The Dogon, a tribe in West Africa, are believed to be of Egyptian descent. After living in Libya for a time, they settled in Mali, West Africa, bringing with them astronomy legends dating from before 3200 BCE. In the late 1940s, four of their priests told two French anthropologists of a secret Dogon myths about the star Sirius (8.6 light years from the earth). The priests said that Sirius had a companion star that was invisible to the human eye. They also stated that the star moved in a 50-year elliptical orbit around Sirius, that it was small and incredibly heavy, and that it rotated on its axis.
All these things happen to be true. But what makes this so remarkable is that the companion star of Sirius, called Sirius B, was first photographed in 1970. While people began to suspect its existence around 1844, it was not seen through a telescope until 1862 -- and even then its great density was not known or understood until the early decades of the twentieth century. The Dogon beliefs, on the other hand, were supposedly thousands of years old.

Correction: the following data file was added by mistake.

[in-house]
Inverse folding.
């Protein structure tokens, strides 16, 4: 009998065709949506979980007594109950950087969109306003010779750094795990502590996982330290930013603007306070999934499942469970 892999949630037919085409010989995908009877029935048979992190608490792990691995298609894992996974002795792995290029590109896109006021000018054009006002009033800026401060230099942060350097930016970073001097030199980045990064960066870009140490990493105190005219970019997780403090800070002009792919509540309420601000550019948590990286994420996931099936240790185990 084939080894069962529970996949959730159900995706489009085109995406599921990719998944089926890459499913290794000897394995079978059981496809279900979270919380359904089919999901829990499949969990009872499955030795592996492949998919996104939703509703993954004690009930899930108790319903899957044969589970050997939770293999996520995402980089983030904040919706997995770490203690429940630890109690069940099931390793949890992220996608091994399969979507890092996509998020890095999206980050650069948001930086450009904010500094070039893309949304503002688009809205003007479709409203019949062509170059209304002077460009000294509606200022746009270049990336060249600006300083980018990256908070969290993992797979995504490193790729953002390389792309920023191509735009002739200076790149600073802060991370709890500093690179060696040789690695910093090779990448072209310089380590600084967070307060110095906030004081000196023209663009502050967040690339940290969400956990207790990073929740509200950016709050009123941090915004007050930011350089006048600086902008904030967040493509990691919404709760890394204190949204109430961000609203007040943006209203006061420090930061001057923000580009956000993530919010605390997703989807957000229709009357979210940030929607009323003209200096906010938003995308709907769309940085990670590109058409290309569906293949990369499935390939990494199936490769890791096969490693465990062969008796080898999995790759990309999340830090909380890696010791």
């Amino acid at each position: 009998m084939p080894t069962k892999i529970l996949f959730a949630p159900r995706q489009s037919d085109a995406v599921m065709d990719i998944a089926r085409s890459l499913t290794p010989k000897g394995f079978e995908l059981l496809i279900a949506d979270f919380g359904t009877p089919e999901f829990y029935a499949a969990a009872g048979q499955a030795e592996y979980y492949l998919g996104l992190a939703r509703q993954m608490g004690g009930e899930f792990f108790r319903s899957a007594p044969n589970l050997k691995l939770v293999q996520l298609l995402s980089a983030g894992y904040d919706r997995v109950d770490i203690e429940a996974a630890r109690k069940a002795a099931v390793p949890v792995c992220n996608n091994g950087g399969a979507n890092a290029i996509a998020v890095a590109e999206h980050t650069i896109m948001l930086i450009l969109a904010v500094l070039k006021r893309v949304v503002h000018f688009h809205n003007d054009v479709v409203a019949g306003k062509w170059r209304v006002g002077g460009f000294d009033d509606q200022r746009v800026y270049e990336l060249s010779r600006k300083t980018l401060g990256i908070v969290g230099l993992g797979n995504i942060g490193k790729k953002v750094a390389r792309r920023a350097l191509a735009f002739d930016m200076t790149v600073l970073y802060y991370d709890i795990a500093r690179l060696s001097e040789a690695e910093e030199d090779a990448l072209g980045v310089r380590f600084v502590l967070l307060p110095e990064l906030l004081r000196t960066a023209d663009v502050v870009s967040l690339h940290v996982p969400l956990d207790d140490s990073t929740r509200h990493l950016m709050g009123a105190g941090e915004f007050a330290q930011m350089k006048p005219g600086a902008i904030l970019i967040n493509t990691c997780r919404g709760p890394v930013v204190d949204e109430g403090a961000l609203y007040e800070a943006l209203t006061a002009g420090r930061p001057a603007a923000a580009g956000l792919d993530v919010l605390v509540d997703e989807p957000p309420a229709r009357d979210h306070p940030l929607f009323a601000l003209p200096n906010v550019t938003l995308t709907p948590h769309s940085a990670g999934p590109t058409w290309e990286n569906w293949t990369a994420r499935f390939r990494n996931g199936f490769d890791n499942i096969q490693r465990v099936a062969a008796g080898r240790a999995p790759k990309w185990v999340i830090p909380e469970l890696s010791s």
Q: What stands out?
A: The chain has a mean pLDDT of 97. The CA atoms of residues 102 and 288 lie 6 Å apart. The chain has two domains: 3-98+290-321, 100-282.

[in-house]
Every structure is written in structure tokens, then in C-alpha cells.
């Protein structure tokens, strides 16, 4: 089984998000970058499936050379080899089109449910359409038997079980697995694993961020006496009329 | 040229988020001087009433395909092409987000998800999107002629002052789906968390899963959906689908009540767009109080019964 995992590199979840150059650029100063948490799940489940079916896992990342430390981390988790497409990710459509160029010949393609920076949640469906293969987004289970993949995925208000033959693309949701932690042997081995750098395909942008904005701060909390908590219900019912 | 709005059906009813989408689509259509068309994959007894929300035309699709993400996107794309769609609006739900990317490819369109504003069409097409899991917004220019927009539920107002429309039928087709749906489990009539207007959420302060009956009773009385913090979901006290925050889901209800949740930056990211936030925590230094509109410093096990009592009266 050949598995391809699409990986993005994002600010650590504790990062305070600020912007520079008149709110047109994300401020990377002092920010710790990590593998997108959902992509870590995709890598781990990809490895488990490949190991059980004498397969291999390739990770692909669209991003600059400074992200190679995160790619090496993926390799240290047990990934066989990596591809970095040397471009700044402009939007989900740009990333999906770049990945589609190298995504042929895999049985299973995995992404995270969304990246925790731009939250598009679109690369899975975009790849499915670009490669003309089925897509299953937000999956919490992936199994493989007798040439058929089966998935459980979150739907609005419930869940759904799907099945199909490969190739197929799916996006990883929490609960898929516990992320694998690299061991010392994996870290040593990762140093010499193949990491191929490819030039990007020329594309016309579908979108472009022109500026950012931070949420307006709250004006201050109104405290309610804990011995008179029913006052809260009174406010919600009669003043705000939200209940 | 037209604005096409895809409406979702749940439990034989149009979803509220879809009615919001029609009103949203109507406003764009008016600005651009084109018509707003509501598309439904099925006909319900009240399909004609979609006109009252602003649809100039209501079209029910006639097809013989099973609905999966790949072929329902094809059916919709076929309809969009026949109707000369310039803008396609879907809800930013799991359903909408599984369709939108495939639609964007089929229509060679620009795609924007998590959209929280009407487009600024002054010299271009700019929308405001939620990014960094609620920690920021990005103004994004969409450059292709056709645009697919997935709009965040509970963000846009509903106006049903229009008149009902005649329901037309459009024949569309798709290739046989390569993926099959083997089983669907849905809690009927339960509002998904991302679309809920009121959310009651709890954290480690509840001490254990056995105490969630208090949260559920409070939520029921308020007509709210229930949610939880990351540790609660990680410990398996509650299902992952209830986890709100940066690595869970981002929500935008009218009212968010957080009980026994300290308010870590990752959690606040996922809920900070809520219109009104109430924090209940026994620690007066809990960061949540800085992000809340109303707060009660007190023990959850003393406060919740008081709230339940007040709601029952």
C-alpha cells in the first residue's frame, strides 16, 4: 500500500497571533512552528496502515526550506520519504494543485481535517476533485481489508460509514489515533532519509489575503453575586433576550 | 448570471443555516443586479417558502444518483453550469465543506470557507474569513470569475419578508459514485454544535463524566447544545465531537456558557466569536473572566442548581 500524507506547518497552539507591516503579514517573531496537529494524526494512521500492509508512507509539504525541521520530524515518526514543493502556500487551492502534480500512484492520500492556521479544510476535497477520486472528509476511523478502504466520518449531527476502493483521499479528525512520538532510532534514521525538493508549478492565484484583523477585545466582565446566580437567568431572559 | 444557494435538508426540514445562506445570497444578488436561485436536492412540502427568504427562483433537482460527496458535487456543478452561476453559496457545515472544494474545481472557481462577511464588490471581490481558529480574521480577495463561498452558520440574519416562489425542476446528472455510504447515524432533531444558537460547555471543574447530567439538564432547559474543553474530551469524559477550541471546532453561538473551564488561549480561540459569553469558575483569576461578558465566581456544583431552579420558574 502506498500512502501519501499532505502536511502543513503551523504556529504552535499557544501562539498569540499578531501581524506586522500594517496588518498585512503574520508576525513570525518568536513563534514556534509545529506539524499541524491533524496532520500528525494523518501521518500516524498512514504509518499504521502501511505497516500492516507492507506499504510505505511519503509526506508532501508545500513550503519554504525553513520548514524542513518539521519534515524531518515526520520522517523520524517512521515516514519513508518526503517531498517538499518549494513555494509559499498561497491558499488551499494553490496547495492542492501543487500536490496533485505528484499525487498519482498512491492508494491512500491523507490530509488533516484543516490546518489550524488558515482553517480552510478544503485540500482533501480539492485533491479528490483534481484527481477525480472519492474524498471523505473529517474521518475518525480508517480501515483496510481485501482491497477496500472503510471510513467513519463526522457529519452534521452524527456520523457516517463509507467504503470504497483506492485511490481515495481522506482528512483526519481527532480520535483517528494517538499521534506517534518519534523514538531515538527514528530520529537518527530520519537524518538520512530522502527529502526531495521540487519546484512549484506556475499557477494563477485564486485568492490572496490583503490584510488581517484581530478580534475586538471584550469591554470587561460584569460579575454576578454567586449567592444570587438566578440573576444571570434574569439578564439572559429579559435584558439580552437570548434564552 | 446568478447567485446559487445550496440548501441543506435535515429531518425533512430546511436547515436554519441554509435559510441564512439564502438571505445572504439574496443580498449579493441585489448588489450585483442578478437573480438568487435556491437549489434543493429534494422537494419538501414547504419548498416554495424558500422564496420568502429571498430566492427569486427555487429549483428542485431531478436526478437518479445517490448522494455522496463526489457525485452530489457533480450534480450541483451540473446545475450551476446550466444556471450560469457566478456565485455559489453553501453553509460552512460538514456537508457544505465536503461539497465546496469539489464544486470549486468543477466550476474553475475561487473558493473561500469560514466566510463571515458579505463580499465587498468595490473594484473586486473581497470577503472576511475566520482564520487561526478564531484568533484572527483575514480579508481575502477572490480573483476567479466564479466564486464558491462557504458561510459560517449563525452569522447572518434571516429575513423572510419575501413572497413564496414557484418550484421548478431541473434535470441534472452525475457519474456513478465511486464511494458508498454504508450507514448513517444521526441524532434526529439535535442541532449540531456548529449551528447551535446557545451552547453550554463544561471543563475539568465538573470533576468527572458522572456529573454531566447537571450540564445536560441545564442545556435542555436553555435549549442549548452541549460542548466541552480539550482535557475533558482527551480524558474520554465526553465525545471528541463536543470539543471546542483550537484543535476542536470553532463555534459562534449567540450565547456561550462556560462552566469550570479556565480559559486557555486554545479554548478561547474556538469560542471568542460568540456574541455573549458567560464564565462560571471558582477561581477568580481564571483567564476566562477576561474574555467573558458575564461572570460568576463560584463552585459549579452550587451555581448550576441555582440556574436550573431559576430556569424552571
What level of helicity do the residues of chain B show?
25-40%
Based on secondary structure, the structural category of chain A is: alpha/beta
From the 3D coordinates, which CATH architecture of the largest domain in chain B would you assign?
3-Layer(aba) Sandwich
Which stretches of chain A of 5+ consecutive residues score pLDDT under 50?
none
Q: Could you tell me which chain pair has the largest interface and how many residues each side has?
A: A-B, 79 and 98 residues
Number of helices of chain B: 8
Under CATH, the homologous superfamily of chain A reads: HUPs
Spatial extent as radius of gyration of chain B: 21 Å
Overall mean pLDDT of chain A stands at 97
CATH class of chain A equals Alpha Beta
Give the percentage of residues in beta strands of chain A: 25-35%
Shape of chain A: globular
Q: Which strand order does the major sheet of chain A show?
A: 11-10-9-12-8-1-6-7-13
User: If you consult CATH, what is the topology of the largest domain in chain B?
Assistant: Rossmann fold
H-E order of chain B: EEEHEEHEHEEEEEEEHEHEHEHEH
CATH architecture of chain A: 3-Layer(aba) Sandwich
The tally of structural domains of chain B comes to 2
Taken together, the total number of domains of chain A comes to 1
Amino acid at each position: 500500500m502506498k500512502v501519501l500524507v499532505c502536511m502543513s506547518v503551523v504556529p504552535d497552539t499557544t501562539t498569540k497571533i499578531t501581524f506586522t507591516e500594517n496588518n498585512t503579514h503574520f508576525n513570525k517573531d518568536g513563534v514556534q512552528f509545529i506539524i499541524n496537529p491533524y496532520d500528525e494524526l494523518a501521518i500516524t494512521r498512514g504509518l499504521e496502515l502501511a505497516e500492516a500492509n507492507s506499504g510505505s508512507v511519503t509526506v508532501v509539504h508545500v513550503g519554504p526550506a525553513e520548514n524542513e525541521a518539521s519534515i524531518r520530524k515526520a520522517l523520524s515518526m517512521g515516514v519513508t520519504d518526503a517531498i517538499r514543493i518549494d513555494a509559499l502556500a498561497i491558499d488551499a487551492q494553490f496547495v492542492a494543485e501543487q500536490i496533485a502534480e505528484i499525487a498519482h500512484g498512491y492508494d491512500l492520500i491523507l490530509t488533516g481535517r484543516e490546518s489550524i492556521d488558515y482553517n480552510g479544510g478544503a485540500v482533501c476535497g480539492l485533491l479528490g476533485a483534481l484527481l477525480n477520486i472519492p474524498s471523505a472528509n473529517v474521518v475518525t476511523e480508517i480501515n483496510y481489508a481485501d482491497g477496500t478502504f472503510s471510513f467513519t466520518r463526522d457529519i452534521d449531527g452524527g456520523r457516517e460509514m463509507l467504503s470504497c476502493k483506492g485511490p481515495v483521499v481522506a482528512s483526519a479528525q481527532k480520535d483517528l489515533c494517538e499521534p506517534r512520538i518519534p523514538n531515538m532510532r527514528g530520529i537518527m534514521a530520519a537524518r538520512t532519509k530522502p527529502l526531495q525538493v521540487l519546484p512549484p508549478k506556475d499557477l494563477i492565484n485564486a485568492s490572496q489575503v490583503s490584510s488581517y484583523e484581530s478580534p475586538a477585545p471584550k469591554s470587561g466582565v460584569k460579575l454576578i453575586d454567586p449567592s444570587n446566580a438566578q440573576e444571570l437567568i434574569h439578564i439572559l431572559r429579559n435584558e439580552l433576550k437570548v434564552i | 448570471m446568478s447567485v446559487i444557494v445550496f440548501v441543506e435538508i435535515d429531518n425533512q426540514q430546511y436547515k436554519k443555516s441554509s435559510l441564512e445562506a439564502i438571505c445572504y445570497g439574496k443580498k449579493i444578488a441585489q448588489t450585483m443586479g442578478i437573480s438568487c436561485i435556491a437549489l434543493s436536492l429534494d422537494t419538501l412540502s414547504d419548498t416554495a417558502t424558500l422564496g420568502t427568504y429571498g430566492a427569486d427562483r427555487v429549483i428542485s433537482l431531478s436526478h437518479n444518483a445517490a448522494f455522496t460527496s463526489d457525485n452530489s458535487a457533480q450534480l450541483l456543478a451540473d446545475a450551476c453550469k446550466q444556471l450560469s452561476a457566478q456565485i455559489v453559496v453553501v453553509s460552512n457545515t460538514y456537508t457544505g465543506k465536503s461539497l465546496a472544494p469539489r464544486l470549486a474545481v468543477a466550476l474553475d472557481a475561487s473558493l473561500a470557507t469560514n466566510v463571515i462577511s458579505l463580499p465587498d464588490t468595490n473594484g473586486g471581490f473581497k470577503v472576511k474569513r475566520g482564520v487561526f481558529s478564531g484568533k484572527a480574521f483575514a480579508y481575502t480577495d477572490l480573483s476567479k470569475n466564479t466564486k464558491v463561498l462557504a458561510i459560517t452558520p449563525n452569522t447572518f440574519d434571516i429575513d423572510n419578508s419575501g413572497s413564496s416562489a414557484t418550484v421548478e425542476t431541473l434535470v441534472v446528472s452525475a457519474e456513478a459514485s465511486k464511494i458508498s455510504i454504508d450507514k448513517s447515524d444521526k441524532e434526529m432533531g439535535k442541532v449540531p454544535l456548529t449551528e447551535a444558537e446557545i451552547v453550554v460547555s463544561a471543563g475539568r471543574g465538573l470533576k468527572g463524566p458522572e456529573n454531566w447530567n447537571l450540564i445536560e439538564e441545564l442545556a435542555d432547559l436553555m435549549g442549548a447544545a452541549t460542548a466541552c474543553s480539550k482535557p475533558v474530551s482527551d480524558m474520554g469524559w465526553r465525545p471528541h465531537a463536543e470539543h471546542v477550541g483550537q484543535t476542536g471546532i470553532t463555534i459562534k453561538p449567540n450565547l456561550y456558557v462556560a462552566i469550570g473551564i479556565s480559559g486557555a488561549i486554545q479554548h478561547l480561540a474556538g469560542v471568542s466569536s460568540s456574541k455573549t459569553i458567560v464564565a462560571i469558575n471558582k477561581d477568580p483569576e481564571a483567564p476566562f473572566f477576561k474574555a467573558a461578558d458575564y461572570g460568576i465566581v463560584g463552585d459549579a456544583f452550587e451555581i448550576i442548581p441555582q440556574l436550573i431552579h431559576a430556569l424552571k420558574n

The Dogon name for Sirius B (Po Tolo) consists of the word for star (tolo) and the name of the smallest seed known to them (po). By this name they describe the star's smallness -- it is, they say, "the smallest thing there is." They also claim that it is "the heaviest star" and white. The Dogon thus attribute to Sirius B its three principal properties as a white dwarf: small, heavy, white.
sweet page! well done muta! -KunDa